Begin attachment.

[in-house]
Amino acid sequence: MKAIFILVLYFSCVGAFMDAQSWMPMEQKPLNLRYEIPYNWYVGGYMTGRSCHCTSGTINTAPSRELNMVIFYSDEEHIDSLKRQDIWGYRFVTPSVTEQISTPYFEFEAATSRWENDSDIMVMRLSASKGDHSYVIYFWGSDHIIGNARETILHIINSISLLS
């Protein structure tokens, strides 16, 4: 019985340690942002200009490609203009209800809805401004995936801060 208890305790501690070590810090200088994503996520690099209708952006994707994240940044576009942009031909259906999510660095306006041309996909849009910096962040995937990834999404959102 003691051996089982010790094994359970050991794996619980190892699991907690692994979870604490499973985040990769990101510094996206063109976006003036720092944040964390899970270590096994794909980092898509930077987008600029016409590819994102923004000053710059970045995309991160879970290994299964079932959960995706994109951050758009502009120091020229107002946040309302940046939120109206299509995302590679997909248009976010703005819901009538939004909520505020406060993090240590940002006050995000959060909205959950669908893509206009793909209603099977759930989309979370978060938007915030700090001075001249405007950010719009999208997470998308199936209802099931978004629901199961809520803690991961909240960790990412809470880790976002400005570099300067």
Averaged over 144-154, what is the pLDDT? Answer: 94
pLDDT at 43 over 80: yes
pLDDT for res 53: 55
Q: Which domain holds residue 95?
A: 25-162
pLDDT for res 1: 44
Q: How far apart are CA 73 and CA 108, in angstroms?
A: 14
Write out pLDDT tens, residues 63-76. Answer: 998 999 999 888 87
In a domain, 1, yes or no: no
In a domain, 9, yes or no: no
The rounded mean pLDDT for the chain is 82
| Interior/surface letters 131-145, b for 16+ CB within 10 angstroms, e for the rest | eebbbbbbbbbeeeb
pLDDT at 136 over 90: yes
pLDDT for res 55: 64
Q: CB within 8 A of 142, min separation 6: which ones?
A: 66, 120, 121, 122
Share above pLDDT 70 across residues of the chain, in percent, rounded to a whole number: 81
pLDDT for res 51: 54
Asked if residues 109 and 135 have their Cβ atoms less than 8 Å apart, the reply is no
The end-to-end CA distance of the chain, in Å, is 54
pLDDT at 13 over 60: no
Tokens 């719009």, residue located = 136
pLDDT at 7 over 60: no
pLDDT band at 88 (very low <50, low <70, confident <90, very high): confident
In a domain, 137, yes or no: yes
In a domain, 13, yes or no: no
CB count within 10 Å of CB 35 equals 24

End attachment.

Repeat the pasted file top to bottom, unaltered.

[in-house]
Amino acid sequence: MKAIFILVLYFSCVGAFMDAQSWMPMEQKPLNLRYEIPYNWYVGGYMTGRSCHCTSGTINTAPSRELNMVIFYSDEEHIDSLKRQDIWGYRFVTPSVTEQISTPYFEFEAATSRWENDSDIMVMRLSASKGDHSYVIYFWGSDHIIGNARETILHIINSISLLS
């Protein structure tokens, strides 16, 4: 019985340690942002200009490609203009209800809805401004995936801060 208890305790501690070590810090200088994503996520690099209708952006994707994240940044576009942009031909259906999510660095306006041309996909849009910096962040995937990834999404959102 003691051996089982010790094994359970050991794996619980190892699991907690692994979870604490499973985040990769990101510094996206063109976006003036720092944040964390899970270590096994794909980092898509930077987008600029016409590819994102923004000053710059970045995309991160879970290994299964079932959960995706994109951050758009502009120091020229107002946040309302940046939120109206299509995302590679997909248009976010703005819901009538939004909520505020406060993090240590940002006050995000959060909205959950669908893509206009793909209603099977759930989309979370978060938007915030700090001075001249405007950010719009999208997470998308199936209802099931978004629901199961809520803690991961909240960790990412809470880790976002400005570099300067």
Averaged over 144-154, what is the pLDDT? Answer: 94
pLDDT at 43 over 80: yes
pLDDT for res 53: 55
Q: Which domain holds residue 95?
A: 25-162
pLDDT for res 1: 44
Q: How far apart are CA 73 and CA 108, in angstroms?
A: 14
Write out pLDDT tens, residues 63-76. Answer: 998 999 999 888 87
In a domain, 1, yes or no: no
In a domain, 9, yes or no: no
The rounded mean pLDDT for the chain is 82
| Interior/surface letters 131-145, b for 16+ CB within 10 angstroms, e for the rest | eebbbbbbbbbeeeb
pLDDT at 136 over 90: yes
pLDDT for res 55: 64
Q: CB within 8 A of 142, min separation 6: which ones?
A: 66, 120, 121, 122
Share above pLDDT 70 across residues of the chain, in percent, rounded to a whole number: 81
pLDDT for res 51: 54
Asked if residues 109 and 135 have their Cβ atoms less than 8 Å apart, the reply is no
The end-to-end CA distance of the chain, in Å, is 54
pLDDT at 13 over 60: no
Tokens 């719009």, residue located = 136
pLDDT at 7 over 60: no
pLDDT band at 88 (very low <50, low <70, confident <90, very high): confident
In a domain, 137, yes or no: yes
In a domain, 13, yes or no: no
CB count within 10 Å of CB 35 equals 24